natalia ilyniak on relocation and the question of genocide in canada
Natalia Ilyniak, ‘Colonialism and Relocation: An Exploration of Genocide and the Relocation of Animist Aboriginal Groups in Canada’, Journal of Religion and Culture: Conference Proceedings. 17th Annual Graduate Interdisciplinary Conference, Concordia University. Montreal, QC (March 2012).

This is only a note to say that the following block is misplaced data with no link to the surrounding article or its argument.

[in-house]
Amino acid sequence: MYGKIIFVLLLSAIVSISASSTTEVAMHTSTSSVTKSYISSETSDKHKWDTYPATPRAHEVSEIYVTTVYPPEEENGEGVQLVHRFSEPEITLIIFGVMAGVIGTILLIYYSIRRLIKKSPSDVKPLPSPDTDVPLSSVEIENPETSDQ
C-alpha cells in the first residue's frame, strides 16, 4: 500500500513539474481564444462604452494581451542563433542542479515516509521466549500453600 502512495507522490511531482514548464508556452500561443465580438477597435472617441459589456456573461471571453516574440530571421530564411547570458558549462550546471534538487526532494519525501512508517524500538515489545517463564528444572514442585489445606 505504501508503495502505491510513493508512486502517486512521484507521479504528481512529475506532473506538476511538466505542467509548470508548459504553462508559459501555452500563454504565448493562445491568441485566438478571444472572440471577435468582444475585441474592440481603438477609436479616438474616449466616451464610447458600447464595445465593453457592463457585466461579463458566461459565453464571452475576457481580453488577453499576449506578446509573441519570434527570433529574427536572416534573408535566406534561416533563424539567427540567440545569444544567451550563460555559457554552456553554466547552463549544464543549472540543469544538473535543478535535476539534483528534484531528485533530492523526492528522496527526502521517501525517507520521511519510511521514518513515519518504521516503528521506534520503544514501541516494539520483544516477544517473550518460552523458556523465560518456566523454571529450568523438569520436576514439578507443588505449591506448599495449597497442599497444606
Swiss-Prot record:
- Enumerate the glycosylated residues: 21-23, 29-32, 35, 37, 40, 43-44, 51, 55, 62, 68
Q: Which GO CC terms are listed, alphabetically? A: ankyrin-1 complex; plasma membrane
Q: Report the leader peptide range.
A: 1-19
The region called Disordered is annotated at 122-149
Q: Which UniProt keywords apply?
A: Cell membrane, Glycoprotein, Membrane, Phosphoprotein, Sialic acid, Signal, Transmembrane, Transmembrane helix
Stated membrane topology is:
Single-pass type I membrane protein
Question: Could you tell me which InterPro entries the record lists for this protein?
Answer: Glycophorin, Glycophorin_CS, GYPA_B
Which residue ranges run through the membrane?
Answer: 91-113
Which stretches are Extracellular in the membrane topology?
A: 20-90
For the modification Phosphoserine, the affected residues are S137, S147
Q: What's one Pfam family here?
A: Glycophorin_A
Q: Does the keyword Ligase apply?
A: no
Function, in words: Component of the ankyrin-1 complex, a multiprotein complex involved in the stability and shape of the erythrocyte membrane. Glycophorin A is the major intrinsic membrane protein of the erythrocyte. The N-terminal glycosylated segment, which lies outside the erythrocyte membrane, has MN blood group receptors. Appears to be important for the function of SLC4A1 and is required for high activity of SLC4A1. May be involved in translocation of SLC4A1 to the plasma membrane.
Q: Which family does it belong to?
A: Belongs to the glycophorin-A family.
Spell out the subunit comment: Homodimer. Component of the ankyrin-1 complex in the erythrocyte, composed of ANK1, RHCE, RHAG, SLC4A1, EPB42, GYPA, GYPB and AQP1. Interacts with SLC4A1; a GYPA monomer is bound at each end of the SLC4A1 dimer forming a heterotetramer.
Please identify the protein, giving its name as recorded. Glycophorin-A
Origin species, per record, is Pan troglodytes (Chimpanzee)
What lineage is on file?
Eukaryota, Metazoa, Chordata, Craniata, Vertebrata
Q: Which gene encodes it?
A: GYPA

This exploratory paper looks at the potentially genocidal effects of community relocation and the imposition of capitalist time upon animist Aboriginal groups in Canada. Contemporary sociological and historical approaches to genocide define it as the violent interruption or destruction of relations that create and sustain a group, and maintain their collective lives and identities. Relocation has been used by the Canadian government and major corporations throughout history to destroy Aboriginal ties to the land, securing Aboriginal land and labour for capitalist expansion. Colonizers forced communities into a serial spatiality consistent with capitalist relations of production. Significant changes in temporal orientation, caused by the implementation of wage labour onto Aboriginal communities living on reserves, disrupt social and economic relational processes that are necessary for maintaining the group as a whole. This re-arranging of spatial and temporal perceptions violently disrupts the relational processes- involving both humans and the environment- that create and sustain animist communities’ group life and identity.
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